Easter Pageant Perry Family

Backstage Miracles at the Mesa Temple Easter Pageant

The Perry family in costume for the Mesa Temple Easter Pageant

The Perry family in costume for the Mesa Temple Easter Pageant

The Mesa Temple’s Easter Pageant draws visitors from around the country to witness the life of the Savior in a one-of-a-kind performance. The performers, however, experience the show in powerful, often life-changing ways. Sister Brenda Perry performed with her family in this year’s pageant for the first time, and it served as both a culminating event in her life and a very personal application of the Savior’s Atonement.

Sister Perry is from Mexico City, and her connection to the Mesa Temple began with her mission call. She served in Arizona from 2001-2003, at the time the Phoenix and Tempe Missions split to form the Mesa Mission, and she loved the power of the Mesa Temple’s Christmas lights and Easter Pageant to forward the work.

The Perry family's youngest child recovered completely from a rare blood disorder and was able to perform in this year's Easter Pageant.

The Perry family’s youngest child recovered completely from a rare blood disorder and was able to perform in this year’s Easter Pageant. Photo courtesy of Brenda Perry

When President Nigel Wappett was appointed to head the Mesa Mission in 2002, he immediately noticed something was wrong with the young sister missionary. President Wappett was a doctor and had serious concerns about Sister Perry’s health. After several weeks of tests, Sister Perry was diagnosed with a rare blood disorder – spherocytosis. Her blood cells, which took an unnatural shape, were being destroyed by her own spleen, resulting in constant anemia and jaundice.

She was sent home to Mexico, but not released. Dismayed to think her mission was over, she underwent surgery to remove her spleen and was able to return to Mesa to finish her service after recovery. Thanks to the Church, she was healthier than she’d ever been after a surgery for which her family could not have paid otherwise.

While that would be blessing enough for a lifetime, she married and began welcoming children into the world.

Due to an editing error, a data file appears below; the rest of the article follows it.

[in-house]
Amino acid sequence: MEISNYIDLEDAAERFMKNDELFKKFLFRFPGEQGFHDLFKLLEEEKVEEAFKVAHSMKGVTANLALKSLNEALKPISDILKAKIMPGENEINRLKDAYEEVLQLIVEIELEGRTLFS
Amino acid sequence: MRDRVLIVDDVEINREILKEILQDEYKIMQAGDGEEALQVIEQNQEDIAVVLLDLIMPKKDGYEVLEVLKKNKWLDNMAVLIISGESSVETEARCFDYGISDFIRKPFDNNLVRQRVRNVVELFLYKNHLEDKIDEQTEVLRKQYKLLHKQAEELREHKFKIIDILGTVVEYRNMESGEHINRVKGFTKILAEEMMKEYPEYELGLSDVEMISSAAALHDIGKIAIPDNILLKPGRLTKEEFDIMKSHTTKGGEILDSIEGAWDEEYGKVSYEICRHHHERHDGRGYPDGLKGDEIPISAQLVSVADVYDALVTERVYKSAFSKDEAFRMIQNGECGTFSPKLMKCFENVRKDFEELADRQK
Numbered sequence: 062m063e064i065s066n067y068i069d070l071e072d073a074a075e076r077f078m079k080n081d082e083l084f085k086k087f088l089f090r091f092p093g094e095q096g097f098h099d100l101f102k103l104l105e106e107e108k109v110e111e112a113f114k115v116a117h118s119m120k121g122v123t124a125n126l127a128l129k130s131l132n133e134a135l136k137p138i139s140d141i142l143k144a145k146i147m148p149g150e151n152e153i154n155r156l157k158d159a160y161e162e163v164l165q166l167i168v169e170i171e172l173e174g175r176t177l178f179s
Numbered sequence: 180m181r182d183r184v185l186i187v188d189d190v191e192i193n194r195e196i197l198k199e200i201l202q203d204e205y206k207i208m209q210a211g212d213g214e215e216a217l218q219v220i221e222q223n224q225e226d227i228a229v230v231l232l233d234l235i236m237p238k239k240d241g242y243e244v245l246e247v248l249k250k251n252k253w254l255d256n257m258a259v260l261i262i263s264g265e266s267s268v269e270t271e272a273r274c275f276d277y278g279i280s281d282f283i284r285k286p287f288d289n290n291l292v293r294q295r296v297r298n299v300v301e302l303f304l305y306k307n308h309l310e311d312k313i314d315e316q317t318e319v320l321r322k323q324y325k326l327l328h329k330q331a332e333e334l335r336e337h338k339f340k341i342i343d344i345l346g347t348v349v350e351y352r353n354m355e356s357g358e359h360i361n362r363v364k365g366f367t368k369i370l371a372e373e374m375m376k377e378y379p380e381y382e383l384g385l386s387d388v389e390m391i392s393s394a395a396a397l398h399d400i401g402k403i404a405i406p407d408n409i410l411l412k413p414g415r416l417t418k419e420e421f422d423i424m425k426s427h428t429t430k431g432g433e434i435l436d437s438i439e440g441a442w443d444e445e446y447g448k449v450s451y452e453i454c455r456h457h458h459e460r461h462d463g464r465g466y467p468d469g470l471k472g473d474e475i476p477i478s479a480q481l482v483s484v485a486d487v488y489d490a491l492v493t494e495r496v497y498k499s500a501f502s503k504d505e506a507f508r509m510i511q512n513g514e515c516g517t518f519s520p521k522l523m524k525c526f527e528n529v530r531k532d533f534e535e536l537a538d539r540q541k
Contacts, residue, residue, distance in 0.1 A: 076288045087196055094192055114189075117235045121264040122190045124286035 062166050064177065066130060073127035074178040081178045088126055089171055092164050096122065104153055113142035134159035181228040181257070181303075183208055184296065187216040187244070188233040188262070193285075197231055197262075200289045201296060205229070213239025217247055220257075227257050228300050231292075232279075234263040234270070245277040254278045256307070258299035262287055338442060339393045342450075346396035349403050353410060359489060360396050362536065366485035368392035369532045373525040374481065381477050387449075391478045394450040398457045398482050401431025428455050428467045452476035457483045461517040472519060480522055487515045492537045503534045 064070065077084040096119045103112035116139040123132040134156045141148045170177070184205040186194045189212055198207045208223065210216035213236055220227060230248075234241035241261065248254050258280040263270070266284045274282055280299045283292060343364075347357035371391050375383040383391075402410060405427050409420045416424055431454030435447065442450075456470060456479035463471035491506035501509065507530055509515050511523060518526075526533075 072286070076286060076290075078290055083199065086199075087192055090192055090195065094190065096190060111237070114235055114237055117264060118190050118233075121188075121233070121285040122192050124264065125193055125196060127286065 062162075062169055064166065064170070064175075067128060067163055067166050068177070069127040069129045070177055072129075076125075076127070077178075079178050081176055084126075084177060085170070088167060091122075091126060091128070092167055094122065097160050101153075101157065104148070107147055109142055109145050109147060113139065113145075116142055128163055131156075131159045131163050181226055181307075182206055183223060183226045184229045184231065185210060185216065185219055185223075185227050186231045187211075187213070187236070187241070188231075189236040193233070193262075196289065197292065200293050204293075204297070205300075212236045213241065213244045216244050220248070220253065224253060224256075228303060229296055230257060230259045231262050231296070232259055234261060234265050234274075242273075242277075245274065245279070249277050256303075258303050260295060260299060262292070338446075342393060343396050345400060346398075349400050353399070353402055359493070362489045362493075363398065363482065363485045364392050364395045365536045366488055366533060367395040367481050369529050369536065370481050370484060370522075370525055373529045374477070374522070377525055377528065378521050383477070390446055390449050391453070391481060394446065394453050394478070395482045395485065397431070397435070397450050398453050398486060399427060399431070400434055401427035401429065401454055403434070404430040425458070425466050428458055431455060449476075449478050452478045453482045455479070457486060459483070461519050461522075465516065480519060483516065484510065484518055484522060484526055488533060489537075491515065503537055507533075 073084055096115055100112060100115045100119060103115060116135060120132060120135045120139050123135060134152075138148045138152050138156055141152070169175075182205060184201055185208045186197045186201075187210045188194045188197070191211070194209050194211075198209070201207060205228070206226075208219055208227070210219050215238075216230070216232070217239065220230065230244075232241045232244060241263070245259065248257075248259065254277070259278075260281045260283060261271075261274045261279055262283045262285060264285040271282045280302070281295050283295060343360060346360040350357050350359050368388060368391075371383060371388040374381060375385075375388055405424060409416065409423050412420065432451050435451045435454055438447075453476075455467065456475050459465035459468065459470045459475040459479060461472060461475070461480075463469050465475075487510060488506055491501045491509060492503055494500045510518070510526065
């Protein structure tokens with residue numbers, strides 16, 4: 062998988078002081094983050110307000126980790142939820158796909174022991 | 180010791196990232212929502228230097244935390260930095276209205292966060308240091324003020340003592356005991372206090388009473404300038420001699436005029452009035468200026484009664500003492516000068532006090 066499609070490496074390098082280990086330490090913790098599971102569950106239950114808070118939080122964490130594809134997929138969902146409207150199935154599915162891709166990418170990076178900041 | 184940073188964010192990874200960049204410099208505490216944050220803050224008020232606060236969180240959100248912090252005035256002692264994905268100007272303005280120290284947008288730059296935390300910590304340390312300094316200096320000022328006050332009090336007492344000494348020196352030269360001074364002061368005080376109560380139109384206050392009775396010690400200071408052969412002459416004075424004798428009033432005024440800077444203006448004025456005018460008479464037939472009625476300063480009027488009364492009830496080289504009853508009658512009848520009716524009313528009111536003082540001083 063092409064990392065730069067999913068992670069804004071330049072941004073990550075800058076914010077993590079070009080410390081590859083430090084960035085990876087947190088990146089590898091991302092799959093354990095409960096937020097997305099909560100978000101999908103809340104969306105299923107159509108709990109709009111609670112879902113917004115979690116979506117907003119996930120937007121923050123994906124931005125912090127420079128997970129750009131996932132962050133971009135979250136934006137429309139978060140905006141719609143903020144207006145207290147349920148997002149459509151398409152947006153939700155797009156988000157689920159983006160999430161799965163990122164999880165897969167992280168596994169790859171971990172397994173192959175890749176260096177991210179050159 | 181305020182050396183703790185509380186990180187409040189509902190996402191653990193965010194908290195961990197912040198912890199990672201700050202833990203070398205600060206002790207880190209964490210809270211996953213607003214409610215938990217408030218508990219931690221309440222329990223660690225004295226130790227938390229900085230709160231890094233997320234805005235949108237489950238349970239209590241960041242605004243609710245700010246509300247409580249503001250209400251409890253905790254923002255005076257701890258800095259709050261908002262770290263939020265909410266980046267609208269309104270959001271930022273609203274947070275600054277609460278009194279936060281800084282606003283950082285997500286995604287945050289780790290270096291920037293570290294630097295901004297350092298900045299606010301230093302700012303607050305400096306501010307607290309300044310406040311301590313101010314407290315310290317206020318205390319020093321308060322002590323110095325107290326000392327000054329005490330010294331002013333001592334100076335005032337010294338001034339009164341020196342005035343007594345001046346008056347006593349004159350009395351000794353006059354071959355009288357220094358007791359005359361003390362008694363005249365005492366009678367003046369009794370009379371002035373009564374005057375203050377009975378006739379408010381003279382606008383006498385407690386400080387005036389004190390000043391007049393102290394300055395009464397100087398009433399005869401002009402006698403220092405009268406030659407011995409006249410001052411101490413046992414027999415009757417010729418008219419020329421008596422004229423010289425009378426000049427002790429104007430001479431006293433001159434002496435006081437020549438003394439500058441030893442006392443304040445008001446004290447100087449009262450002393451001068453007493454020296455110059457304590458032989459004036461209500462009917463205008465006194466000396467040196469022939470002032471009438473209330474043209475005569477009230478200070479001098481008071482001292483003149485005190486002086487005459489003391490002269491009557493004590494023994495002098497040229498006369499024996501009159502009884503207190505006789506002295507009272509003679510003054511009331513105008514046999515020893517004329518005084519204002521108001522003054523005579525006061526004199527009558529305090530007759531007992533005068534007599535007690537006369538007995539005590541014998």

Spherocytosis is hereditary, and though the Perry’s older children were only carriers, this newest baby had the disease just like his mother.

“He had to have blood transfusions once a month until he was five,” she explains, “until he could have my surgery.”

During this terrible wait, the Perry family attended the Easter Pageant. It was during the portrayal of Christ’s healing miracles that Sister Perry had a powerful experience.

“It was like someone whispered, very clearly, in my ear, ‘Your son will be alright,’” she remembers.

When her son was old enough and prepared for the surgery, he underwent an operation to remove his spleen. He’d never been energetic before, but after the surgery his recovery was quick.

“After a week, I had to learn how to be a mother to a bouncy ball!” Sister Perry says. Her son had come through the surgery better even than the doctors hoped.

President Wappett, in his counsel to Sister Perry when she left to receive medical care, told her to study Christ’s Atonement in her life.

She didn’t know it at the time, but after the diagnosis it became clear her family had suffered terrible losses from the disease. Her father lost three siblings in their early years to the genetic illness, and one of her own brothers passed in his youth as well.

“If my family hadn’t joined the Church,” Sister Perry says, “I would never have had treatment. The Lord knows our pain and our sickness, not just our sin. He can take it from us, because of the Atonement.”

Sister Perry performed in the Easter Pageant this year with her now healthy son, taking the opportunity to give back the support she received through its message in her son’s early fight for his life.

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